Somaini also suggests new CISOs should prioritize learning the business, first and foremost. He suggests, “New CISOs need to educate themselves on the business. For example, understand how marketing works, and how it can impact the sales cycle. Sometimes security teams are out in left field, with no visibility and no desire to understand how businesses operate. But to build alignment and to figure out how to build security into the business you need to be able to speak the language of business. Few line of business leaders will participate in security efforts if you cannot speak their language.”


According to Somaini, after the first year, security efforts should evolve beyond internal operations to understand customer priorities.  “We have to understand how our customers are using SAP products and what their specific vulnerabilities and requirements are for the product. We have customers across multiple vertical industries, and their expectations are not always the same. We must realize what a financial services organization needs and expects is different from what a healthcare or oil and gas company needs. I am constantly assessing if my team has a good read on customer expectations and if our security measures are meeting and exceeding those expectations.”


“I’ve been doing information security for more than 20 years, and I can tell you that the skills gap is nothing new. In 20 years, security teams have evolved from offering simple technical solutions, to addressing compliance requirements, to understanding international law, and now we play a role in the customer purchasing cycle. As an industry, we have a massively increasing expectation of skills every year for our security professionals,” explains Somaini.

He continues, “Information security is a tough business. Every company is looking to hire from the same mature talent pool, which cannot expand quickly enough to meet our needs. When you really think about it, this is a silly way for us to be addressing the growth of our industry.”

“When we only hire mature and experienced professionals, we stifle growth. That is why I staff our organization as a pyramid. Most companies staff information security like a diamond. There is a CISO, then a large staff of experienced security professionals, then only a handful of early talent.  With pyramid staffing we have experienced security professionals distilling difficult challenges down to simpler problems that early talent can address confidently, while also learning from new experiences.”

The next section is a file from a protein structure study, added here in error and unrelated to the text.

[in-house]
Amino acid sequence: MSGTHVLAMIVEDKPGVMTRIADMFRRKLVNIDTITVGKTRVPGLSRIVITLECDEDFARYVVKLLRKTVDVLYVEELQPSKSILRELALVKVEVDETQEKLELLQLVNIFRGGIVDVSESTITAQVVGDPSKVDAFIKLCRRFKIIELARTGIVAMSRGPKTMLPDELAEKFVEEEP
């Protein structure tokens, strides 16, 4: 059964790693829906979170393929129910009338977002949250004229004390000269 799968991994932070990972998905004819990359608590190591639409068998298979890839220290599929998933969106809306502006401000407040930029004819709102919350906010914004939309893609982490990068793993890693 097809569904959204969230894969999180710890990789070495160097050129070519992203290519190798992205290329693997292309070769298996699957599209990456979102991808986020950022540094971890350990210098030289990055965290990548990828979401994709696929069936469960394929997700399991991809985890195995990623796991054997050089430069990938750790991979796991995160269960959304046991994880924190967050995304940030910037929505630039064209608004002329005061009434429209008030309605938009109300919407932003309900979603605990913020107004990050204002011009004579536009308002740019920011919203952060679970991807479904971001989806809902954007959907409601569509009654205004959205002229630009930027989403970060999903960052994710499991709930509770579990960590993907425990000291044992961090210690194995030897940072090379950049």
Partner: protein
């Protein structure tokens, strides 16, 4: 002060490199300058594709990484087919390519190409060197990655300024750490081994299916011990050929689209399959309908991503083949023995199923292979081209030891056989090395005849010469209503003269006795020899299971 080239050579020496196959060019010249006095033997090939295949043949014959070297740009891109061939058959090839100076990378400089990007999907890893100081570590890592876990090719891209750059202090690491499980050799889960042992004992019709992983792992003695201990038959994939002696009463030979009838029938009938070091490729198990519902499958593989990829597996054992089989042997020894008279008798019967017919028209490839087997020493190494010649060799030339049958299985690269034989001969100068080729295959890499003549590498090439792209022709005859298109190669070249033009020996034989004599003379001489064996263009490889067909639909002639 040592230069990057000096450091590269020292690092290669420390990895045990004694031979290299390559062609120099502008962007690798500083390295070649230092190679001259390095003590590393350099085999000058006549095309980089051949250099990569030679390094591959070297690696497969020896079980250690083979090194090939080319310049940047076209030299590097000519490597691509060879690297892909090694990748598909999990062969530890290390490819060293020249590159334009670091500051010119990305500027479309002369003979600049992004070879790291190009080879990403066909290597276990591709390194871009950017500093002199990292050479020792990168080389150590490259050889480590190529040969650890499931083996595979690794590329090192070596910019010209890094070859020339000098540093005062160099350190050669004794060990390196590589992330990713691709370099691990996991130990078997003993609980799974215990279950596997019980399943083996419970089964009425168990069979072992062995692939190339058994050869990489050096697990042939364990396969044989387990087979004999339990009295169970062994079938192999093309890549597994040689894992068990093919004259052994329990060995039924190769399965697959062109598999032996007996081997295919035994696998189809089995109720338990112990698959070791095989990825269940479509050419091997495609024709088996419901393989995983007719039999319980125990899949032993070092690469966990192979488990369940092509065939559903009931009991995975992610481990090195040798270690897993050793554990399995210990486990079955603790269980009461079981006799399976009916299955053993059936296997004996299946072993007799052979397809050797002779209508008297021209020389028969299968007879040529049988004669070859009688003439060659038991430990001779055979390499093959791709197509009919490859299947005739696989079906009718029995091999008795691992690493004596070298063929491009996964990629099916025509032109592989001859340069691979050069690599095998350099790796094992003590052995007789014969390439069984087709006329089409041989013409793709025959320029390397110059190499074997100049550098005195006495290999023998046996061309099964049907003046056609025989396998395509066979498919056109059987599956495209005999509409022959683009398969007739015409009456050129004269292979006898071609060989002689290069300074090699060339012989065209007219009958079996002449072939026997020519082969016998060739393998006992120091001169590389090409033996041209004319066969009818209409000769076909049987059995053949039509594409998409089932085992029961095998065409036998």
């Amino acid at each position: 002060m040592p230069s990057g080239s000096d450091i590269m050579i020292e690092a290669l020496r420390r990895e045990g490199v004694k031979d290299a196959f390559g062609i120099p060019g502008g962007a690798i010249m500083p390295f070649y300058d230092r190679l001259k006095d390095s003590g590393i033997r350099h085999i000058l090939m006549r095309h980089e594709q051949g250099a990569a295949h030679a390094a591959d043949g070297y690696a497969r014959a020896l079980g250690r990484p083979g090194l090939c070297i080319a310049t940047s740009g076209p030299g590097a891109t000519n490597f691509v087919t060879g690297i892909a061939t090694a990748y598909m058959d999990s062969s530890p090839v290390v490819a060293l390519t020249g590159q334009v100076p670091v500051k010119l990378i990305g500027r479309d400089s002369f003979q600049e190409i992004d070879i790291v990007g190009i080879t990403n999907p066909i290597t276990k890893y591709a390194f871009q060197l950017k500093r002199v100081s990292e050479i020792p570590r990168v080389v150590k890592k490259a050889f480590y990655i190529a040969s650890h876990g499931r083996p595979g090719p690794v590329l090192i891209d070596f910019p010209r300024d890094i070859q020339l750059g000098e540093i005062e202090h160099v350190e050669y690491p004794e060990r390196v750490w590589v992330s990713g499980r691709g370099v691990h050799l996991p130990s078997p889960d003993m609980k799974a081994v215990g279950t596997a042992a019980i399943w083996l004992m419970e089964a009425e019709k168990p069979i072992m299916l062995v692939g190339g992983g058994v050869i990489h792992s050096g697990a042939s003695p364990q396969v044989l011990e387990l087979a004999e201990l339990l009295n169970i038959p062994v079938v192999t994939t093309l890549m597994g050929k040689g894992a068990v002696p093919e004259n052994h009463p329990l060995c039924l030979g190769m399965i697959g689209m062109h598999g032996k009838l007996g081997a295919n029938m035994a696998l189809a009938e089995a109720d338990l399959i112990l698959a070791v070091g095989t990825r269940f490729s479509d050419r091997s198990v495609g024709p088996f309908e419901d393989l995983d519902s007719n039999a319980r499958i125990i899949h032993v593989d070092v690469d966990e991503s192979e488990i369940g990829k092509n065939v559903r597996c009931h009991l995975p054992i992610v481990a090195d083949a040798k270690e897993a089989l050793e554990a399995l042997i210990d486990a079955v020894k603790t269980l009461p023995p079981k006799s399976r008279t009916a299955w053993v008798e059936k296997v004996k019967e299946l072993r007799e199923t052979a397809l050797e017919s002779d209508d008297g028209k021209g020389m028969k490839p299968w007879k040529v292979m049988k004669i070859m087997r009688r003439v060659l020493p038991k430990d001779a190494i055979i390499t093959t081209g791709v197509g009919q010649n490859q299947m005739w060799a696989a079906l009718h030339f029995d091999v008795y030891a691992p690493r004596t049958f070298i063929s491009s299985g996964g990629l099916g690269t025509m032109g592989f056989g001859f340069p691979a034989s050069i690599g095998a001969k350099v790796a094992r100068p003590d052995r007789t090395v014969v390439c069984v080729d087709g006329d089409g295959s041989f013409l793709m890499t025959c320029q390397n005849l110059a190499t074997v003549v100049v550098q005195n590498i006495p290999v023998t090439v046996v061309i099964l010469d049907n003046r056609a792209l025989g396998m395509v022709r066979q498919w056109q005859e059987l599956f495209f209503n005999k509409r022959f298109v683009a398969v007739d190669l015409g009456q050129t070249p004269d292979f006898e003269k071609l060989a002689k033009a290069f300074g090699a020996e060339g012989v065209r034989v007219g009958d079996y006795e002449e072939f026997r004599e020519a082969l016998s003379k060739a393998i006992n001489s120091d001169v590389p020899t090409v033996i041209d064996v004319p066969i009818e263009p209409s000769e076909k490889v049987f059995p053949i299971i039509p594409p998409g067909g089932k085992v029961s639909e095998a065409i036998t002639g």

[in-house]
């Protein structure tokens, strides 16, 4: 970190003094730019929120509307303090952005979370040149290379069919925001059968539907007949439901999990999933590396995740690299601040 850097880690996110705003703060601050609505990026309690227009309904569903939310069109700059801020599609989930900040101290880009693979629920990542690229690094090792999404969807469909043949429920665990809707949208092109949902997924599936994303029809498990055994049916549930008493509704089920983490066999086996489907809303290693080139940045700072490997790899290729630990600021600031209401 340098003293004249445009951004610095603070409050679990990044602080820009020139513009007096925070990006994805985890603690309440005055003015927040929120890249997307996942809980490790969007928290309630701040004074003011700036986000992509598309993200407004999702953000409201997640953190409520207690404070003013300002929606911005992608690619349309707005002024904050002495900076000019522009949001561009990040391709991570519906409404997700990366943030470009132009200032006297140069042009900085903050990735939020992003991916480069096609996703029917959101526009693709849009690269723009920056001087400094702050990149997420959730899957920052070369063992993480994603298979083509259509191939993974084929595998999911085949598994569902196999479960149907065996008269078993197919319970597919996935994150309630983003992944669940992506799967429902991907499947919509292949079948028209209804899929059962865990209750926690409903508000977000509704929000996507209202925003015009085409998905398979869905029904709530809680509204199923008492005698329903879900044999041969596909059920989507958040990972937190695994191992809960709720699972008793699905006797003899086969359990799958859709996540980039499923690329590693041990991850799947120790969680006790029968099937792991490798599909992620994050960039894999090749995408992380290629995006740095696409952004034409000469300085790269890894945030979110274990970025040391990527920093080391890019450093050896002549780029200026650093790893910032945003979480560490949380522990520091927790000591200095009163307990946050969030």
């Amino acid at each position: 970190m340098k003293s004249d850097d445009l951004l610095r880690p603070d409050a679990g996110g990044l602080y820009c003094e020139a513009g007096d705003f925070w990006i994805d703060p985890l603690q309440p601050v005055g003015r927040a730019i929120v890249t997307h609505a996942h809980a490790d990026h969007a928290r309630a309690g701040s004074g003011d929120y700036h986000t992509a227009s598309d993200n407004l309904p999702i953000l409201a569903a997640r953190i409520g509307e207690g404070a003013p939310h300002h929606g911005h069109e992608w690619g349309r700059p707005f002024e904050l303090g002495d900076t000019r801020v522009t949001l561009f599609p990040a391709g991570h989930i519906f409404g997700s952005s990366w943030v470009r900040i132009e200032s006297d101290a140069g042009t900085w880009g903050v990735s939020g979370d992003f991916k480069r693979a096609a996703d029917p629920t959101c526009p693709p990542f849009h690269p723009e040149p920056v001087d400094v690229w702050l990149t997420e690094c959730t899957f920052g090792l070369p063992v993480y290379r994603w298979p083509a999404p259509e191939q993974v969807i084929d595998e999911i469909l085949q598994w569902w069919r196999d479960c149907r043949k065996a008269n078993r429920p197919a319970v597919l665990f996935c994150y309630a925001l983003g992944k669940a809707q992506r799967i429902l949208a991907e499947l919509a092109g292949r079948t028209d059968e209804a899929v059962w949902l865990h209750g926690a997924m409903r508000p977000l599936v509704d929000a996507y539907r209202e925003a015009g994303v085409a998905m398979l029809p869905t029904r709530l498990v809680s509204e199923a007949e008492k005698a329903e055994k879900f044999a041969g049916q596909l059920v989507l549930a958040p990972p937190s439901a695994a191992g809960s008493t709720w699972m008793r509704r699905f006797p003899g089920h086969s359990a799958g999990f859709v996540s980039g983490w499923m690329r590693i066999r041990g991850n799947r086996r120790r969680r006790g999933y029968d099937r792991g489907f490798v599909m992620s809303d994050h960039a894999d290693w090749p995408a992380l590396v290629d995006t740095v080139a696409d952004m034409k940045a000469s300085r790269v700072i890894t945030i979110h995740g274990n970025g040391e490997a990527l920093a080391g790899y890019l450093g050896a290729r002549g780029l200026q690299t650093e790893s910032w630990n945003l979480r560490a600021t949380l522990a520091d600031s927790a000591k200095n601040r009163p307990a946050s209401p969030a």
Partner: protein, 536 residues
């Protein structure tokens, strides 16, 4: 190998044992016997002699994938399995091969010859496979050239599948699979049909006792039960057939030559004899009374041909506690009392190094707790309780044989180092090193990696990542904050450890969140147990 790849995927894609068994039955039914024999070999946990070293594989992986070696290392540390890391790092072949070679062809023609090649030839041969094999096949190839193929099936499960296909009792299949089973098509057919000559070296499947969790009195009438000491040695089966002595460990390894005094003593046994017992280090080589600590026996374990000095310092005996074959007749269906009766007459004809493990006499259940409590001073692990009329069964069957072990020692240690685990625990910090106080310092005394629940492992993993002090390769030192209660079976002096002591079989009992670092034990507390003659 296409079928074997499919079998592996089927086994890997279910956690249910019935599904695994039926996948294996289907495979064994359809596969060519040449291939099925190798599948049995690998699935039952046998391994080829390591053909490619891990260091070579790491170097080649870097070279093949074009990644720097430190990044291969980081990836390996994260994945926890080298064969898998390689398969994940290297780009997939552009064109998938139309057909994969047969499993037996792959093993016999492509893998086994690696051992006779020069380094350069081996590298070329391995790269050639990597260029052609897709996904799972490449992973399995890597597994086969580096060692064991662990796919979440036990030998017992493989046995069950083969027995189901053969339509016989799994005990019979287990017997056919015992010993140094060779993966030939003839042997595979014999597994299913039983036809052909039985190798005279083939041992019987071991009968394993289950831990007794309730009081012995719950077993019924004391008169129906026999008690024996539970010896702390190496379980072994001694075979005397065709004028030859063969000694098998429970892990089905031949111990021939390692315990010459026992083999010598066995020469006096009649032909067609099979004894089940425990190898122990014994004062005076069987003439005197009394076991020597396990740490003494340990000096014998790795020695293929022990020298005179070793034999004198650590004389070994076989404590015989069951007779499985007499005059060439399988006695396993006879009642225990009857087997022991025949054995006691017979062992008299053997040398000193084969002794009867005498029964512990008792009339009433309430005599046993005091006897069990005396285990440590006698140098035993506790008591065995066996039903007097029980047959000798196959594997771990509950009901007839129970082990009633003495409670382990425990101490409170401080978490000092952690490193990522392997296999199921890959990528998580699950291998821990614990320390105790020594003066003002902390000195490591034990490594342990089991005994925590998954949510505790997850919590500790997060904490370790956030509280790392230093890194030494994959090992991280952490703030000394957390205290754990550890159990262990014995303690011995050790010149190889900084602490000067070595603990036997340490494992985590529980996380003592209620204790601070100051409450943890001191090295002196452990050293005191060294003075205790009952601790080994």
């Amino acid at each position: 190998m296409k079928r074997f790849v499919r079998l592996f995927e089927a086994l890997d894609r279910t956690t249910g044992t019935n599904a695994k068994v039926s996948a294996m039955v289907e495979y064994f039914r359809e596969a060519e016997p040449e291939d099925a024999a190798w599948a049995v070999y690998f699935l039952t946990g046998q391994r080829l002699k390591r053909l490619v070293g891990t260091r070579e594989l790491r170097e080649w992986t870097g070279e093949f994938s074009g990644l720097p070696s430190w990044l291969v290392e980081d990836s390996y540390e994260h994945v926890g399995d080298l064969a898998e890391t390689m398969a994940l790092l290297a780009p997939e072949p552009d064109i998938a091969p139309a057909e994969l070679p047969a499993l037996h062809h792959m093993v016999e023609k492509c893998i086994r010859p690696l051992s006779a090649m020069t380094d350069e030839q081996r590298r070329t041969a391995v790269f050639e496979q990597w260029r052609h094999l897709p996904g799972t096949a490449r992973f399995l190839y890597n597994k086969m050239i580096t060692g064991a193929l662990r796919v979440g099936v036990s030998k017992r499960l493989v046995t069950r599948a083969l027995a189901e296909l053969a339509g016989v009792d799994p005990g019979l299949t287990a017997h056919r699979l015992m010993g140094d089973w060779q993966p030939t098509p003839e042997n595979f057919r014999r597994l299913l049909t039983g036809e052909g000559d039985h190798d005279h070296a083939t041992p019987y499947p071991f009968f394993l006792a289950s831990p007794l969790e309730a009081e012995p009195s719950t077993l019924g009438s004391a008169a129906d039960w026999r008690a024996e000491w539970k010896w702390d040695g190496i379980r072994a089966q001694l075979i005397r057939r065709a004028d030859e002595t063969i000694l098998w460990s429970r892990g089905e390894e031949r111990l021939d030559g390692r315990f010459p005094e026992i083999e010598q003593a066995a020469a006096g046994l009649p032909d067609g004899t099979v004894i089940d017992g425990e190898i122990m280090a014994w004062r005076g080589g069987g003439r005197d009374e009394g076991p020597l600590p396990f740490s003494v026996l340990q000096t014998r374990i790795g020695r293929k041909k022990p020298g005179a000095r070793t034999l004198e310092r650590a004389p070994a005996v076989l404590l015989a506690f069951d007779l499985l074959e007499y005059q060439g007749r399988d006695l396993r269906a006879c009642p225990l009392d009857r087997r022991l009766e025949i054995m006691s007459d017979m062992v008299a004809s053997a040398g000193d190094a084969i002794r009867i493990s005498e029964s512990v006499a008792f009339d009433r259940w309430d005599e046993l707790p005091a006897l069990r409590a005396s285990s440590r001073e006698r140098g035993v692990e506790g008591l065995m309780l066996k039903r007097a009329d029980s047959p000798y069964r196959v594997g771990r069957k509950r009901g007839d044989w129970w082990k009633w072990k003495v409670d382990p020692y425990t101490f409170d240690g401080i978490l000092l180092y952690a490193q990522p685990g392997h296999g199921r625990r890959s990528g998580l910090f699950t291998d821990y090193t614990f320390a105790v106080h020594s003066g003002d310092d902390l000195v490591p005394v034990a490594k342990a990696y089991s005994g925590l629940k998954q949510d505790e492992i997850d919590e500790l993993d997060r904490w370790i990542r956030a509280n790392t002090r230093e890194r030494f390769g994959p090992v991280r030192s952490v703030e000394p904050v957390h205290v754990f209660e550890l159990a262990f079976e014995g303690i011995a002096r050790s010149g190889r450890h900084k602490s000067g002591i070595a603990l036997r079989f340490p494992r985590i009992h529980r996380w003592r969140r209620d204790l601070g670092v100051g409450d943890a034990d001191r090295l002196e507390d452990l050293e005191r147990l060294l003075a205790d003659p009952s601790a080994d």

At SAP, Somaini introduced a two-year training program to bring more employees into the security program. His managers identify young professionals, recent college grads, or IT support staff who are curious, technically adept and have a strong moral compass, and put them through a two-year on the job training program. This gives young professionals the opportunity to mature more quickly into more senior roles.

Somaini points out that on-going training is required, as once a security professional reaches the management level they need another set of training in managing people and programs. He says simply, “Our organization needs more mature and skilled employees, and it is our obligation to train people to fill those roles.”

He is also quick to note the need for on-going education does not stop outside the CISO’s office. He explains, “The role of the CISO is continuing to mature as we would expect, and as result we need to have leaders that are continuously educating themselves.”


Written By:

Katie Haug Nov 08, 2017

Marketing Director

tags: Feats of Strength, CISO